Sliding Screen Door for the Garage

Screen door for the garage
Screen door for the garage

The attached garage is a place we use to store firewood during the winter. Usually we can keep about a cord at a time. For some time now I’ve wanted to have a screen door at the entrance to allow a cross breeze with the windows on the opposite side of the garage. It would help keep the humidity down, which is something I’ve noticed a lot this year.

So I present to you the nothing fancy sliding screen door.

 

 

The entrance is a 32 inch wide door. A typical hinged screen door won’t do because there’s no room for the door to swing open. So, a sliding door is necessary.  My first thought was to use a pocket door kit but they can get expensive. So I went and looked at the sliding door kits used for closet doors. There were 2 sizes, a 4ft and a 6 ft kit. I figured 6ft was unnecessarily too wide, so the 4 ft would do. After all, the door is only 32 inches wide.

It was only on the drive home, thinking about installing it did I realize that I could run into a problem. The screen door will be 36 inches wide (to slide over the existing trim molding), and it needs to slide over about 36 inches. That 6ft kit sure would be handy right about now.  But, I figured I could make do with what I had.

While not complicated to assemble as there are few parts, its a good idea to read the instructions because there are wheel parts for a 3/4 inch wide door, and wheel parts for a thicker door. Since I was using 3/4 pine to make the door, I needed to be sure I was using the right parts. So a test fit was necessary before starting on the door. After all, if the test fit doesn’t function right, there’s no need to make the door.

First was to install a board above the trim in order to have something to screw the channel onto. All I used was a scrap piece of pressure treated 1 inch thick board.

Silding screen door - channel mount
Silding screen door – channel mount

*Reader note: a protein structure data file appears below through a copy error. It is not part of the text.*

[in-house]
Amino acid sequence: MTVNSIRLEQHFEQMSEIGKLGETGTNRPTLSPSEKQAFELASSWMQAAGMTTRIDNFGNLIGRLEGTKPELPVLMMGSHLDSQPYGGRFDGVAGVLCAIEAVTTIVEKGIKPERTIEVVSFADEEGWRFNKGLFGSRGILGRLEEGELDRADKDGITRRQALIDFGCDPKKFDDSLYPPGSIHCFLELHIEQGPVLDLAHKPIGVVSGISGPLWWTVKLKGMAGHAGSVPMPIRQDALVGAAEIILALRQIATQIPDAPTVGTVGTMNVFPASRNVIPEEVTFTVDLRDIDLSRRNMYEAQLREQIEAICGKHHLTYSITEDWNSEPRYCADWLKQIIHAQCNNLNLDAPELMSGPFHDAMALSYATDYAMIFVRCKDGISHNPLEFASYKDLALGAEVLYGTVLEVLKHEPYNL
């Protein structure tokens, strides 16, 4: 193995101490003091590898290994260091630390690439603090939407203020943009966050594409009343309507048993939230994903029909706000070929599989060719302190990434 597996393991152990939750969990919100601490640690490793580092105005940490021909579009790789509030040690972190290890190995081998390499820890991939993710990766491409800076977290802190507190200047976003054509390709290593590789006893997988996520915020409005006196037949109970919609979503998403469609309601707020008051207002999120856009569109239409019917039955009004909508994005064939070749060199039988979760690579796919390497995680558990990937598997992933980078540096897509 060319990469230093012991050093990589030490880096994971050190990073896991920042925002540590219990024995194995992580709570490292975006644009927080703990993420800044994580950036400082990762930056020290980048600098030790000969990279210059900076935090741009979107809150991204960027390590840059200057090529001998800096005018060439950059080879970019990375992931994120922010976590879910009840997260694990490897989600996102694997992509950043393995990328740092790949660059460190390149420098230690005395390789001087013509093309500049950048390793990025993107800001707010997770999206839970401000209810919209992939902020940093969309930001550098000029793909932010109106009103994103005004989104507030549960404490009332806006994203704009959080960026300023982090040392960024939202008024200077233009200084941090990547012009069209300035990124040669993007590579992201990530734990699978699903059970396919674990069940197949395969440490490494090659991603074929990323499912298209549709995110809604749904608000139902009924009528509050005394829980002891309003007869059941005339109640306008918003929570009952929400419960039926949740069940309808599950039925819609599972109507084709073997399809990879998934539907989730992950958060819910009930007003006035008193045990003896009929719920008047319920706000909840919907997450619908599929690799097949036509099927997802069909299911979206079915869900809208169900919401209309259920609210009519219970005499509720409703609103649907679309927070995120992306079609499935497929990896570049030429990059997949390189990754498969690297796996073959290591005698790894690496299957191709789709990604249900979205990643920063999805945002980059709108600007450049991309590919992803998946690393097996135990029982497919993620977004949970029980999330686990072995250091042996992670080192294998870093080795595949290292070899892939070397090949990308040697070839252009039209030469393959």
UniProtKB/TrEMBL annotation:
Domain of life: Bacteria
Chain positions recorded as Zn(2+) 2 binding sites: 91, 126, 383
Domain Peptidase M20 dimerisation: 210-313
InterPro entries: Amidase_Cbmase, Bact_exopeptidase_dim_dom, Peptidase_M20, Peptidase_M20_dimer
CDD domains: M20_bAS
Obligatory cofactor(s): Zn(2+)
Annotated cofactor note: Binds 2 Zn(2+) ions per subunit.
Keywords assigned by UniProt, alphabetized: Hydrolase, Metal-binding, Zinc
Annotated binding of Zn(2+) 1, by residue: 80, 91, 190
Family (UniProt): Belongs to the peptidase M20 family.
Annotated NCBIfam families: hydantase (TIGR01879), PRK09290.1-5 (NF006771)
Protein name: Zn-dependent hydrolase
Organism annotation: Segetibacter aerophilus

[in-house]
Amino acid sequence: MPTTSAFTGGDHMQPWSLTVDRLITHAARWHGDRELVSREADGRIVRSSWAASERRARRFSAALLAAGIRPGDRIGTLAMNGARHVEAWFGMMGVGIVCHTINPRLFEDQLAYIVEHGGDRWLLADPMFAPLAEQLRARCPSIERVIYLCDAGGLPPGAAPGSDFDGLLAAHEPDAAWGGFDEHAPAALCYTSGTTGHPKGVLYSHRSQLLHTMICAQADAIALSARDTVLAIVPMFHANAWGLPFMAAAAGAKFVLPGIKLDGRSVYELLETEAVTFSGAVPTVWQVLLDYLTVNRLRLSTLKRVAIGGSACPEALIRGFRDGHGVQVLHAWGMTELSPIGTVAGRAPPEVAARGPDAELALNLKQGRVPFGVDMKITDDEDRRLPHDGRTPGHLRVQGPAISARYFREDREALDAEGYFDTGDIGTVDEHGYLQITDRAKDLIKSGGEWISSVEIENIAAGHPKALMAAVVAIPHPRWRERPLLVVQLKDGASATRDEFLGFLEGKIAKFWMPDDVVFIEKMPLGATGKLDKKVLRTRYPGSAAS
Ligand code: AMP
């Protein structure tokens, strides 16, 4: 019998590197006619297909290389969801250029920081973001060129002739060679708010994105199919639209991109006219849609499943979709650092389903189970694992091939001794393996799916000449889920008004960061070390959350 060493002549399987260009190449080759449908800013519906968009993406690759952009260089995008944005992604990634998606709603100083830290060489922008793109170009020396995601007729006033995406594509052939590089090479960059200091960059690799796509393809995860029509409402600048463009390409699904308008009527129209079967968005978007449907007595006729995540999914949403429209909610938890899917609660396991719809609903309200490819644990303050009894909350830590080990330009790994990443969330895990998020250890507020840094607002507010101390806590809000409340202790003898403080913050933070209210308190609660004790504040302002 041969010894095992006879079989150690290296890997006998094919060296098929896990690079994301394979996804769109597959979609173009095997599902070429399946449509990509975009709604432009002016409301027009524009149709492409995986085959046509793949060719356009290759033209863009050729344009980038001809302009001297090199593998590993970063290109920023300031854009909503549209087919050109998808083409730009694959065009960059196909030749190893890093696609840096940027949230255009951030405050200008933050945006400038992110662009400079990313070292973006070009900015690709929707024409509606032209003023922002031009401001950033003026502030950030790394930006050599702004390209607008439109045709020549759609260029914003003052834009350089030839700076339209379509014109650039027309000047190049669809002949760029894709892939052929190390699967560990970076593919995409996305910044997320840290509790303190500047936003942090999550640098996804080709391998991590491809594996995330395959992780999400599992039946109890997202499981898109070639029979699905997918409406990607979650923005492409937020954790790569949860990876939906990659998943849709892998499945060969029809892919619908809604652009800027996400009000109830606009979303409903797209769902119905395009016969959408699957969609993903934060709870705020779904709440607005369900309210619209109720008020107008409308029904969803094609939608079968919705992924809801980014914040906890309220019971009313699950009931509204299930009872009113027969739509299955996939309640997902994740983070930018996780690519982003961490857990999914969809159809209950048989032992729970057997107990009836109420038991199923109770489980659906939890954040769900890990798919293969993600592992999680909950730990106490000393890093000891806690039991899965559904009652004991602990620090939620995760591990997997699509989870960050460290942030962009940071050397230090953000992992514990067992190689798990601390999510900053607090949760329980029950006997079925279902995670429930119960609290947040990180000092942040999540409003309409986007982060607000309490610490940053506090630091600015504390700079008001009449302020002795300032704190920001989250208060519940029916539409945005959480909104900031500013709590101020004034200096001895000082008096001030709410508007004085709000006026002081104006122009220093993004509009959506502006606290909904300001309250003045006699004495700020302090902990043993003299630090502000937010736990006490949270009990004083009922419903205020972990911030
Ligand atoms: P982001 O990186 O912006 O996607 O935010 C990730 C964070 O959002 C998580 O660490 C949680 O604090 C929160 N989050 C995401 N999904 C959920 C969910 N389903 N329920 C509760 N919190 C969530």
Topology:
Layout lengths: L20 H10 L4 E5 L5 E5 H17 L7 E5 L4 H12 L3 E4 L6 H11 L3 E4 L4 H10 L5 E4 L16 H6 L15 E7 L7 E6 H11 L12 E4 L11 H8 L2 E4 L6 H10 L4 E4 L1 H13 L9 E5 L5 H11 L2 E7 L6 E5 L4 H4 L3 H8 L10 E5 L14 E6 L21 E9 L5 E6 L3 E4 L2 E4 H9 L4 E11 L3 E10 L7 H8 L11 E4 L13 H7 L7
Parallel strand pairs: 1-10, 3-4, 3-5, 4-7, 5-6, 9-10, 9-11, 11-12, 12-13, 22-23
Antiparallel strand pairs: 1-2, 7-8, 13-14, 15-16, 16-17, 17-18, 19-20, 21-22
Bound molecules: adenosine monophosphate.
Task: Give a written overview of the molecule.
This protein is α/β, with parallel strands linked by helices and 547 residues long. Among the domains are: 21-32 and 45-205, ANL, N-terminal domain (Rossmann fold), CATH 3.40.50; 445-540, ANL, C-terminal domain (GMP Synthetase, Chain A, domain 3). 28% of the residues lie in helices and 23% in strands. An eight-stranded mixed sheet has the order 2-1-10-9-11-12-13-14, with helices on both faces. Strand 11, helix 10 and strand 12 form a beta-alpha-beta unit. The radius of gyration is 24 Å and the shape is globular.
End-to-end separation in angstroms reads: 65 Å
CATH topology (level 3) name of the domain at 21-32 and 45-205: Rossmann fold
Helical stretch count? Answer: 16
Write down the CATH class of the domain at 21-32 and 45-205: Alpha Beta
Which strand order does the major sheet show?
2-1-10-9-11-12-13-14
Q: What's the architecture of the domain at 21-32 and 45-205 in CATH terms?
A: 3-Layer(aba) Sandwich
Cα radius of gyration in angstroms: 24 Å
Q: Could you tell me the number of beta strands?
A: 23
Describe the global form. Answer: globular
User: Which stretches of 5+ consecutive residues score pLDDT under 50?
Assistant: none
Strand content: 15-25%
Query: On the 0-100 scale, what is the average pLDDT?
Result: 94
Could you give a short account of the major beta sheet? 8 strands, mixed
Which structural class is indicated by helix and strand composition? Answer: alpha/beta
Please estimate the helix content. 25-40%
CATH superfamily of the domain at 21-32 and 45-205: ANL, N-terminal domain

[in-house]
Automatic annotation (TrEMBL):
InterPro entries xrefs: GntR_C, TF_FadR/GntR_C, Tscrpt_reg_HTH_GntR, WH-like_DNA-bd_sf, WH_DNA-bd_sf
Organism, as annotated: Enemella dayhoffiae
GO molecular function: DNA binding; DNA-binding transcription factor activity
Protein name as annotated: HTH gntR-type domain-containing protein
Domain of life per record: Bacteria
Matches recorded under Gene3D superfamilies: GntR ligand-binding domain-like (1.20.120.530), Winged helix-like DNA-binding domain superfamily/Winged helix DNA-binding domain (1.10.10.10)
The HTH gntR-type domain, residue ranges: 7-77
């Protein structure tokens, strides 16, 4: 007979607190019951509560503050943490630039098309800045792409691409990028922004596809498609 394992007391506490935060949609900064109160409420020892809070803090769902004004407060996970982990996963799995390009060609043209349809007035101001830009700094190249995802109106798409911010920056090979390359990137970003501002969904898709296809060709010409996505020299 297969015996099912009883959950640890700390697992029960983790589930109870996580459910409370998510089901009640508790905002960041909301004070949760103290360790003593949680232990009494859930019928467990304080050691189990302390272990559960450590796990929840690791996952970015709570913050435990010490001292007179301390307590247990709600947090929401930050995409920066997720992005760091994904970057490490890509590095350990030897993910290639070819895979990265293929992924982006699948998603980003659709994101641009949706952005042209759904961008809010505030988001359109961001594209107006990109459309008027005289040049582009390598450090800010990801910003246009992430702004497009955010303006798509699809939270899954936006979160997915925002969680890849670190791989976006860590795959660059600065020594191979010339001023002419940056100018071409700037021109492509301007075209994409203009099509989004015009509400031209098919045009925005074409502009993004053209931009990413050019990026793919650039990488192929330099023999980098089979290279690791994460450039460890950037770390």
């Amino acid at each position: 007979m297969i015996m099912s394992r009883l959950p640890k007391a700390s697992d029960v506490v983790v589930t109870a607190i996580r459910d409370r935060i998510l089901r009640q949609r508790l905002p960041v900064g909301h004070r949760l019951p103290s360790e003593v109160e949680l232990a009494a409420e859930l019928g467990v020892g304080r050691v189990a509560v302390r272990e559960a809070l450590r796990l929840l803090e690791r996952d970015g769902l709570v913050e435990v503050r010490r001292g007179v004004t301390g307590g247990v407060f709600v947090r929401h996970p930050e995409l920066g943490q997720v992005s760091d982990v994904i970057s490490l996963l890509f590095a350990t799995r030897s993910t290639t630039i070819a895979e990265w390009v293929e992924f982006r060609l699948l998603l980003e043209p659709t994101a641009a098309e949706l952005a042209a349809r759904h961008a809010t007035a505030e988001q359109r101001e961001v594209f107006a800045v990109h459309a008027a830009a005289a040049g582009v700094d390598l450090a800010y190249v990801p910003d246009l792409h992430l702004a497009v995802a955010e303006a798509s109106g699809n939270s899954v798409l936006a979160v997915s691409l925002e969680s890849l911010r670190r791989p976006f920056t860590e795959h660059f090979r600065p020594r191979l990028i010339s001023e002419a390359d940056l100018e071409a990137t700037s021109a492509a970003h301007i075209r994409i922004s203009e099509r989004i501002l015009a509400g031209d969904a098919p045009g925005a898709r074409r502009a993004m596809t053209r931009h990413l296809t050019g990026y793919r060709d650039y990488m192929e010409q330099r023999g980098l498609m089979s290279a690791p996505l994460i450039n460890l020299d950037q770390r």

Next, I figured out on the workbench that half of the channel had to be positioned above the right trim molding. Then position the right end (what will be the right side of the door) at that mark. So now the board looks like it is positioned correctly as a door  “in position”. With the board in position, I now know the maximum distance the left wheel can be in without falling off the track.

Silding screen door - test fit the sliding wheels
Silding screen door – test fit the sliding wheels

Then it was a matter of sliding the board to the other end to see where the right wheel would be positioned. As you can see, the wheels are equal distance from each other from the center point of the board.

Test fitting a sliding screen door.
Test fitting a sliding screen door.
Test fitting a sliding screen door.
Test fitting a sliding screen door.

It all seems to work ok. Time to make the door. I had 3 pine boards left over from the table project. They measured 1x6x72 inches. I knew I needed about 82 inches for the door and I needed 38 inches for the width (it was suppose to be 36 but I changed it to 38 to prevent the door from sliding off the track). So I cut 2 pcs of 38 inch long boards for the top and bottom.  I then ripped the final board right up the middle and used them for the sides of the door. A piece left over was cut to be the center board.

Building a nothing-fancy screen door
Building a nothing-fancy screen door

As you can see from above, the pine boards are butt joints. Probably the weakest joint there is, especially for a door. So I chose to reinforce the inside face of the door with 1/4 inch plywood (left over from some long ago project).

Scrap plywood
Scrap plywood

No real science to this. I simply cut the long part of the plywood, it turned out to be 21 x 96 inches. I then ripped it in half, to use one for each side.

Cutting the plywood.
Cutting the plywood.

After a quick measure, I  stacked the 2 pieces of plywood to cut them both at the same time. Then got busy making some sawdust.

Cutting to fit.
Cutting to fit.

This is being made on the fly, but I’m always thinking down the road a bit when it comes to such projects. I knew I was going to make some screen frames and I was going to just screw them in place, but on second thought, I made an adjustment to allow the insertion of screen panels. That means cutting it a little different.

Woodworking on the fly.
Woodworking on the fly.

I attached the plywood pieces with #8 x 3/4 inch wood screws and glue, also being careful to make sure its square.

Screen door done.
Screen door done.
Track wheels in place.
Track wheels in place.

It took one more trip back to the garage to trim a little bit off the bottom of the door but other than that, the door is in place and slides smoothly back and forth. Just a few more things to do, like screens, a hook to keep the door closed when needed, and a handle to slide it back and forth. The handle will also act as a door stop to prevent the door from sliding off its track when opened.

Nothing fancy screen door in place.
Nothing fancy screen door in place.
Nothing fancy screen door in place.
Nothing fancy screen door in place.

 

 

 

 

 

About Jim Barry

A Newfoundland born Canadian with a life long interest in woodworking, baking and anything else that peaks my curiosity.

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